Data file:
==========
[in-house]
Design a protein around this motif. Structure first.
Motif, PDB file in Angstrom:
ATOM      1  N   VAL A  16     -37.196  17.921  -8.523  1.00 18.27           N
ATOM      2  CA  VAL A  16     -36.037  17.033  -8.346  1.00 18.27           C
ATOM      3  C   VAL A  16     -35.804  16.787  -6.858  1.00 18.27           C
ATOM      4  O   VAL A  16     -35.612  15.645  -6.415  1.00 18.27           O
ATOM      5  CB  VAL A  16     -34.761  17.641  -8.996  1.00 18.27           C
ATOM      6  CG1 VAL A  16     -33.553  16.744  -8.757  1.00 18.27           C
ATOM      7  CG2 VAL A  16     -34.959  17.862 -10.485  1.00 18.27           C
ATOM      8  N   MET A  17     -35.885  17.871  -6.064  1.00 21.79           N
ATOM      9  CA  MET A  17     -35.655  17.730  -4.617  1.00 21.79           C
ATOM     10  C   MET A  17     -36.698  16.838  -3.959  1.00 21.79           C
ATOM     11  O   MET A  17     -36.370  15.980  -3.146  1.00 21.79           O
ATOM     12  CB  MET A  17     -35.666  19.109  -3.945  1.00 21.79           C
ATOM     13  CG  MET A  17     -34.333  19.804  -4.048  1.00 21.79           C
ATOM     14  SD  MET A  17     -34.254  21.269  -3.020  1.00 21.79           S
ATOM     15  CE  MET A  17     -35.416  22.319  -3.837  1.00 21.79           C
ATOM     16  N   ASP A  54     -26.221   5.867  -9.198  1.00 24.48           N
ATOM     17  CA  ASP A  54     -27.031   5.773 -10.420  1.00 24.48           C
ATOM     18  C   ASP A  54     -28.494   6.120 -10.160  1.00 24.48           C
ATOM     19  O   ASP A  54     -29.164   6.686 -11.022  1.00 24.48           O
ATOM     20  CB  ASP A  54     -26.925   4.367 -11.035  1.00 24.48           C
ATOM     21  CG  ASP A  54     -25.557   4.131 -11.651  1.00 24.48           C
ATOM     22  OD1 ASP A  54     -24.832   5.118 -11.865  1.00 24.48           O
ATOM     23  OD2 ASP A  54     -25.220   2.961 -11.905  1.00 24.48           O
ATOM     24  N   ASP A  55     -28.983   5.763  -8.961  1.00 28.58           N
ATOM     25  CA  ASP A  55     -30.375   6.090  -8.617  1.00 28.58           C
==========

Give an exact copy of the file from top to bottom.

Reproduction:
[in-house]
Design a protein around this motif. Structure first.
Motif, PDB file in Angstrom:
ATOM      1  N   VAL A  16     -37.196  17.921  -8.523  1.00 18.27           N
ATOM      2  CA  VAL A  16     -36.037  17.033  -8.346  1.00 18.27           C
ATOM      3  C   VAL A  16     -35.804  16.787  -6.858  1.00 18.27           C
ATOM      4  O   VAL A  16     -35.612  15.645  -6.415  1.00 18.27           O
ATOM      5  CB  VAL A  16     -34.761  17.641  -8.996  1.00 18.27           C
ATOM      6  CG1 VAL A  16     -33.553  16.744  -8.757  1.00 18.27           C
ATOM      7  CG2 VAL A  16     -34.959  17.862 -10.485  1.00 18.27           C
ATOM      8  N   MET A  17     -35.885  17.871  -6.064  1.00 21.79           N
ATOM      9  CA  MET A  17     -35.655  17.730  -4.617  1.00 21.79           C
ATOM     10  C   MET A  17     -36.698  16.838  -3.959  1.00 21.79           C
ATOM     11  O   MET A  17     -36.370  15.980  -3.146  1.00 21.79           O
ATOM     12  CB  MET A  17     -35.666  19.109  -3.945  1.00 21.79           C
ATOM     13  CG  MET A  17     -34.333  19.804  -4.048  1.00 21.79           C
ATOM     14  SD  MET A  17     -34.254  21.269  -3.020  1.00 21.79           S
ATOM     15  CE  MET A  17     -35.416  22.319  -3.837  1.00 21.79           C
ATOM     16  N   ASP A  54     -26.221   5.867  -9.198  1.00 24.48           N
ATOM     17  CA  ASP A  54     -27.031   5.773 -10.420  1.00 24.48           C
ATOM     18  C   ASP A  54     -28.494   6.120 -10.160  1.00 24.48           C
ATOM     19  O   ASP A  54     -29.164   6.686 -11.022  1.00 24.48           O
ATOM     20  CB  ASP A  54     -26.925   4.367 -11.035  1.00 24.48           C
ATOM     21  CG  ASP A  54     -25.557   4.131 -11.651  1.00 24.48           C
ATOM     22  OD1 ASP A  54     -24.832   5.118 -11.865  1.00 24.48           O
ATOM     23  OD2 ASP A  54     -25.220   2.961 -11.905  1.00 24.48           O
ATOM     24  N   ASP A  55     -28.983   5.763  -8.961  1.00 28.58           N
ATOM     25  CA  ASP A  55     -30.375   6.090  -8.617  1.00 28.58           C